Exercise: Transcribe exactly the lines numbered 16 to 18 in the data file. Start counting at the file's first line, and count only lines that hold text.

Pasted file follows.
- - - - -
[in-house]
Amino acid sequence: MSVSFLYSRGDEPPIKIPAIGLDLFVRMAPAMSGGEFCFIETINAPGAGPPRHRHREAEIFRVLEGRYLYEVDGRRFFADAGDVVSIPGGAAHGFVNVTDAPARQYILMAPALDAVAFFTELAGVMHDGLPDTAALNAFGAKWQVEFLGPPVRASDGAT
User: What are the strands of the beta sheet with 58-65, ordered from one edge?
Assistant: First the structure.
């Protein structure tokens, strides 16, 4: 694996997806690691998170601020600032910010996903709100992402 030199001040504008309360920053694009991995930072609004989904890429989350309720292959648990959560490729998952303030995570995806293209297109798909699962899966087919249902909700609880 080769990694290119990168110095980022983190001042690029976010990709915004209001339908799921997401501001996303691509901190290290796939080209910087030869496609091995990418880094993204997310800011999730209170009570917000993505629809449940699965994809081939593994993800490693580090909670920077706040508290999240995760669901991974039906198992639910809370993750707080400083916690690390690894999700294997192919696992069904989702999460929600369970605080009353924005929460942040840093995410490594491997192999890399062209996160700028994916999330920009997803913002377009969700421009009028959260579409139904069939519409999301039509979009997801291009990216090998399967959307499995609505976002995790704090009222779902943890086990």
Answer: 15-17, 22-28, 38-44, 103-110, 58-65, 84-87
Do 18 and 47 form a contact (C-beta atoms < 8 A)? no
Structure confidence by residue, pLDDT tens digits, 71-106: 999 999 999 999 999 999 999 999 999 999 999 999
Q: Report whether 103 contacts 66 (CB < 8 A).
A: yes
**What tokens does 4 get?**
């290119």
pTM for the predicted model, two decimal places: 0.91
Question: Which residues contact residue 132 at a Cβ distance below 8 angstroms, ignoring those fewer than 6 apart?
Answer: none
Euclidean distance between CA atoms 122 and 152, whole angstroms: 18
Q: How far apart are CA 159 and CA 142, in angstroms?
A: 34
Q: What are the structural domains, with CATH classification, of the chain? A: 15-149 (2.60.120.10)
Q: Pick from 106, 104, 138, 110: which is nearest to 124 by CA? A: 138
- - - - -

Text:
Euclidean distance between CA atoms 122 and 152, whole angstroms: 18
Q: How far apart are CA 159 and CA 142, in angstroms?
A: 34